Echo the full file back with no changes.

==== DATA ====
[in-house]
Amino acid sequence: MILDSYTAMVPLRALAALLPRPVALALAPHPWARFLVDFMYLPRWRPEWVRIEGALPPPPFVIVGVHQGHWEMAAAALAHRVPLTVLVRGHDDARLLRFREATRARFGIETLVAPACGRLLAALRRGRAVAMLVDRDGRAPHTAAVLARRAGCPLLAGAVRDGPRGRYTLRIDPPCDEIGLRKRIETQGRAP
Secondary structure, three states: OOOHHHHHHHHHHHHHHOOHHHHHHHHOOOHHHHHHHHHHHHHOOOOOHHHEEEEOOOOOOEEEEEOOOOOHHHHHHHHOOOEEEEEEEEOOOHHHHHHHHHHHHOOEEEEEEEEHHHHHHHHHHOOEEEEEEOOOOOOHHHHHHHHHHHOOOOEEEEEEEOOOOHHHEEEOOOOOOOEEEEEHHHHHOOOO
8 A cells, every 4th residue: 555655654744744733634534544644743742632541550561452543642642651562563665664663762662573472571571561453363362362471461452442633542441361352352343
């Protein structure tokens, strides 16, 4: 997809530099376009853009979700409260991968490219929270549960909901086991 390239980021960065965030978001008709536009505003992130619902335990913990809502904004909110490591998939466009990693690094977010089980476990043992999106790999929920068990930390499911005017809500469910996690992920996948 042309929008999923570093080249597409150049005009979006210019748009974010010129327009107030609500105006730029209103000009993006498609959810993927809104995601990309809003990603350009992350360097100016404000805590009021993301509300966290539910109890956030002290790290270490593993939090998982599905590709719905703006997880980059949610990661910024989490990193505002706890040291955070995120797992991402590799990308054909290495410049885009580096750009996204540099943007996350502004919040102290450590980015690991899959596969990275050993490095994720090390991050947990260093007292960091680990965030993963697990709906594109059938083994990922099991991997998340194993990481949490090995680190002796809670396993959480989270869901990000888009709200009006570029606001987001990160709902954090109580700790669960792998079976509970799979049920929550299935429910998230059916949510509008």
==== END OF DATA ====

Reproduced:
[in-house]
Amino acid sequence: MILDSYTAMVPLRALAALLPRPVALALAPHPWARFLVDFMYLPRWRPEWVRIEGALPPPPFVIVGVHQGHWEMAAAALAHRVPLTVLVRGHDDARLLRFREATRARFGIETLVAPACGRLLAALRRGRAVAMLVDRDGRAPHTAAVLARRAGCPLLAGAVRDGPRGRYTLRIDPPCDEIGLRKRIETQGRAP
Secondary structure, three states: OOOHHHHHHHHHHHHHHOOHHHHHHHHOOOHHHHHHHHHHHHHOOOOOHHHEEEEOOOOOOEEEEEOOOOOHHHHHHHHOOOEEEEEEEEOOOHHHHHHHHHHHHOOEEEEEEEEHHHHHHHHHHOOEEEEEEOOOOOOHHHHHHHHHHHOOOOEEEEEEEOOOOHHHEEEOOOOOOOEEEEEHHHHHOOOO
8 A cells, every 4th residue: 555655654744744733634534544644743742632541550561452543642642651562563665664663762662573472571571561453363362362471461452442633542441361352352343
């Protein structure tokens, strides 16, 4: 997809530099376009853009979700409260991968490219929270549960909901086991 390239980021960065965030978001008709536009505003992130619902335990913990809502904004909110490591998939466009990693690094977010089980476990043992999106790999929920068990930390499911005017809500469910996690992920996948 042309929008999923570093080249597409150049005009979006210019748009974010010129327009107030609500105006730029209103000009993006498609959810993927809104995601990309809003990603350009992350360097100016404000805590009021993301509300966290539910109890956030002290790290270490593993939090998982599905590709719905703006997880980059949610990661910024989490990193505002706890040291955070995120797992991402590799990308054909290495410049885009580096750009996204540099943007996350502004919040102290450590980015690991899959596969990275050993490095994720090390991050947990260093007292960091680990965030993963697990709906594109059938083994990922099991991997998340194993990481949490090995680190002796809670396993959480989270869901990000888009709200009006570029606001987001990160709902954090109580700790669960792998079976509970799979049920929550299935429910998230059916949510509008």